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The Big 12 has never been in a more powerful position

The Big Ten has officially decided to cancel their football season earlier Monday morning. What can we expect for the Big 12?

Photo by Brett Deering, Getty Images

Early Monday morning, reports have surfaced that the Big Ten decided to cancel their football season due to concerns brought up by the Coronavirus pandemic. With an official statement expected to be released on Tuesday, the ball seems to be in the hands of other Power Five conferences, especially the Big 12. It has been reported by ESPN’s Trey Wingo that the Big 12 is expected to hold a conference call within the next day or two about what they want to do about football this fall.

Personally, as someone who has remained optimistic that we will see football happen this fall, I think that the Big 12 will ultimately decided to play on along with the SEC and ACC. But, there is a strong reality that this isn’t possible because of the medical concerns brought up mainly with travel and overall social distancing. As fall camps proceed, an article from CBS 11 in Lubbock , published on August 6th has reported that there have been no positives after 168 athletes were tested. Of course, an unfortunate circumstance is that campuses could see another outbreak with school starting back up in two weeks which can impact how fall sports plan to operate and play a full season.

To me, there are four options that the Big 12 could see fit in order to ensure that teams can take the field at some point. The first is delaying the season to the spring, two FCS conferences, the Big Sky and Missouri Valley Football conference has already voted to push the season back to the spring. This is probably the sexy option because it gives the chance for teams to play a full 12-game schedule, with fans in the stands, spanning from February to late March or early April with bowl season and the College Football Playoff taking place the rest of April and the beginning of May. A second option is inviting other teams from another conference to play on a one-year membership, talk of the Big 12 recruiting programs like Ohio State, Michigan, Penn State and Nebraska has been swirling in the rumor mills. Along with rumors that the SEC has been trying to talk the Big 12 and ACC into playing this fall, and even bringing some teams with them on a one-year membership. The third option is already one that is in place but could use a slight modification. Tech is already scheduled to play ten games, one out of conference and going right into conference play. But, they could scrap that one game and play conference only. The final option can be a little tough but I think it could work. Let’s say the conference can be geography-based, limiting the amount of travel and recreating the Big 12 North and South divisions, with only conference play taking place. In the North we would see BYU and Nebraska join in with Kansas, Kansas State, Iowa State, and West Virginia making each division six teams each. Bringing the South to look like Tech, Texas, TCU, Oklahoma, Oklahoma State and Baylor.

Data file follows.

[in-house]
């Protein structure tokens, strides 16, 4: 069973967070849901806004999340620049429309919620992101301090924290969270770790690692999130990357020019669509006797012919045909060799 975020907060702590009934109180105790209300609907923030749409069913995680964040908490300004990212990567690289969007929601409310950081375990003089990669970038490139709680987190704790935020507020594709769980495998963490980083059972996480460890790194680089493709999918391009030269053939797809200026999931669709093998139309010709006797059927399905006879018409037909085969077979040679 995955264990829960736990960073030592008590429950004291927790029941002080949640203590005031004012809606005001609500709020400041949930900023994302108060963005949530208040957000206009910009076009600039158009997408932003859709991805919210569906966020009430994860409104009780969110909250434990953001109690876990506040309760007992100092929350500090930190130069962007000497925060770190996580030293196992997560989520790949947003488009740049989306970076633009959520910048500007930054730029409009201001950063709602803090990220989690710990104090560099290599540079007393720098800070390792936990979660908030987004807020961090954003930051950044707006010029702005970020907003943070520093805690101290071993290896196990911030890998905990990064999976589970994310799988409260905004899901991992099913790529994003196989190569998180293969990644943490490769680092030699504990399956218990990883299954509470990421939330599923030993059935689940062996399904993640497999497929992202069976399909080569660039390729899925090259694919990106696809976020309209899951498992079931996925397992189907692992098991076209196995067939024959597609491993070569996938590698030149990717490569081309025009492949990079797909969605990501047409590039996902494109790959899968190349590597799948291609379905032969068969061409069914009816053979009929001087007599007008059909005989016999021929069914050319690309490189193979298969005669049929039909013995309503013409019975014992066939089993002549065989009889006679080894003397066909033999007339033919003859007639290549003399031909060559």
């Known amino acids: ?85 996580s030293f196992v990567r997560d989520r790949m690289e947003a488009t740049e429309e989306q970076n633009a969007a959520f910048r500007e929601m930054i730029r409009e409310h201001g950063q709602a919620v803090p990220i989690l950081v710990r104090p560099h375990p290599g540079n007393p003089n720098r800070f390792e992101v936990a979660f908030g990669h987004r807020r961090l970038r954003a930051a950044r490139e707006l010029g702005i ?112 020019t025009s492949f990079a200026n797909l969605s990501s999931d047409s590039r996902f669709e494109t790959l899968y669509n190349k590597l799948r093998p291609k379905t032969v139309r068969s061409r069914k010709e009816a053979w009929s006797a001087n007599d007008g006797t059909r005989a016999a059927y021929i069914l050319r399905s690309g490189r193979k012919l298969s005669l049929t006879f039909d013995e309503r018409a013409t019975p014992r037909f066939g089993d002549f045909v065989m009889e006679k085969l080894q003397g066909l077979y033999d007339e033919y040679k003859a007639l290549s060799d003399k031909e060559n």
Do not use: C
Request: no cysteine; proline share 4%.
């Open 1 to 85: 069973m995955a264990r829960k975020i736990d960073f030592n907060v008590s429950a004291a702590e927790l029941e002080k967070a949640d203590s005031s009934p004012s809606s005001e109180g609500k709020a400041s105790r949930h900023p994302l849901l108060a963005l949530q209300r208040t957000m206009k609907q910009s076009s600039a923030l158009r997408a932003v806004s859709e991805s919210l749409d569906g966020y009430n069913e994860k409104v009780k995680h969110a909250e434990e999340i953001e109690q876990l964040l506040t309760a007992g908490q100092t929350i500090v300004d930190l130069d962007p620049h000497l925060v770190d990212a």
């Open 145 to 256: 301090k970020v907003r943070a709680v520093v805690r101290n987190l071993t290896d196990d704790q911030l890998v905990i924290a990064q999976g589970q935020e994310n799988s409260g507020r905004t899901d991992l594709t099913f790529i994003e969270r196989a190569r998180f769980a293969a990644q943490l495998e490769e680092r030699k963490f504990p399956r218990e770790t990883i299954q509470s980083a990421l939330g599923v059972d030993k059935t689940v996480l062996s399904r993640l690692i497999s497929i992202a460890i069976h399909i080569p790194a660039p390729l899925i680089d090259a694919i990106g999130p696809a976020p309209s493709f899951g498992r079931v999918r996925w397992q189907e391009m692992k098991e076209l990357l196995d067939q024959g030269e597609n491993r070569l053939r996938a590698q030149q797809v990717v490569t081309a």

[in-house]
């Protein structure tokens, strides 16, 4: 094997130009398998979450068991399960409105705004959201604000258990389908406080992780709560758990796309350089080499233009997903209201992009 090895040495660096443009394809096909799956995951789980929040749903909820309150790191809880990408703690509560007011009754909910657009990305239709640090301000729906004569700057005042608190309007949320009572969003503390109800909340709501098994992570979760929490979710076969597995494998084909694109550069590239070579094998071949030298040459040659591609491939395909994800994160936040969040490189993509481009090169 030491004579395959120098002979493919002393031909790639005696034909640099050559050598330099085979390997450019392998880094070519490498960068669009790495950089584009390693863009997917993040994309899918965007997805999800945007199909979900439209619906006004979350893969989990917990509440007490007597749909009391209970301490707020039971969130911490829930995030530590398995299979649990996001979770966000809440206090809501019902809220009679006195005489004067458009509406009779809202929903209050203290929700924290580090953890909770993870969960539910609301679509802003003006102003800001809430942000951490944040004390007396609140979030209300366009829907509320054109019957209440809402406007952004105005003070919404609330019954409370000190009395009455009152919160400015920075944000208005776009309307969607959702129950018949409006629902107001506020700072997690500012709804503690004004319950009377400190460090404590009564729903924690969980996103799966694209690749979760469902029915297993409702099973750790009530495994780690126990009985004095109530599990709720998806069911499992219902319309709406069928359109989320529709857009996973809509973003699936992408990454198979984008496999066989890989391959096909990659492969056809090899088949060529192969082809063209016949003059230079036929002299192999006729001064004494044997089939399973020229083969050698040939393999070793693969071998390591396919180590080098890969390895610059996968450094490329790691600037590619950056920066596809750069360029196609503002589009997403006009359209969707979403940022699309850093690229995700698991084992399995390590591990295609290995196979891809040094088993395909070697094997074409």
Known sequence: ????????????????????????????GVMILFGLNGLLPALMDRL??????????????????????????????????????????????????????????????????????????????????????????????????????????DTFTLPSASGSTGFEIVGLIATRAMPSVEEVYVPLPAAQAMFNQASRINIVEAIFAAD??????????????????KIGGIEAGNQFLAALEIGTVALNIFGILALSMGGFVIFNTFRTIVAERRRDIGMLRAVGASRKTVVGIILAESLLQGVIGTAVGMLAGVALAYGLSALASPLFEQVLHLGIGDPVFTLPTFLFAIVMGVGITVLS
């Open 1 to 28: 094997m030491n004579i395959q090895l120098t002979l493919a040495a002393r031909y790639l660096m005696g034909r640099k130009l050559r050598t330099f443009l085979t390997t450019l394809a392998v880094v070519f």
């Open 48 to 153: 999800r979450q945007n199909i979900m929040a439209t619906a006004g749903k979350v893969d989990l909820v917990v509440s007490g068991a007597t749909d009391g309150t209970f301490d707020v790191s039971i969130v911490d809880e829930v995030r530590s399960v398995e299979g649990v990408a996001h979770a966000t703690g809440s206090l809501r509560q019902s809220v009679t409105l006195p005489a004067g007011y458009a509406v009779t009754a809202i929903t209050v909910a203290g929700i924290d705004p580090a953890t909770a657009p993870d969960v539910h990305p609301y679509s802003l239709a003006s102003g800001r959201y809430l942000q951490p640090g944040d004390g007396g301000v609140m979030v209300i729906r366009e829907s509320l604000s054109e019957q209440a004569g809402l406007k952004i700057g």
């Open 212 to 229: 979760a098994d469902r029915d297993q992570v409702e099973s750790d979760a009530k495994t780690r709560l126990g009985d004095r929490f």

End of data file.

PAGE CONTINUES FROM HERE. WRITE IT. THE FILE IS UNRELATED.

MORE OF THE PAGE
Map of Big 12 with North and South divisions

If I’m Big 12 commish Bob Bowlsby, I’m either going with option one or option four. Option four allows teams to play an 11 week schedule with 10 games and one bye week and limit travel with shorter plane rides and shorter hotel stays. Option one does still seem like the better option because while the conference and universities will lose money in the fall, the money will quickly be made back because it could allow for fans to return to stadiums across the conference and the country as a whole. Looks like we’ll see in the next couple days.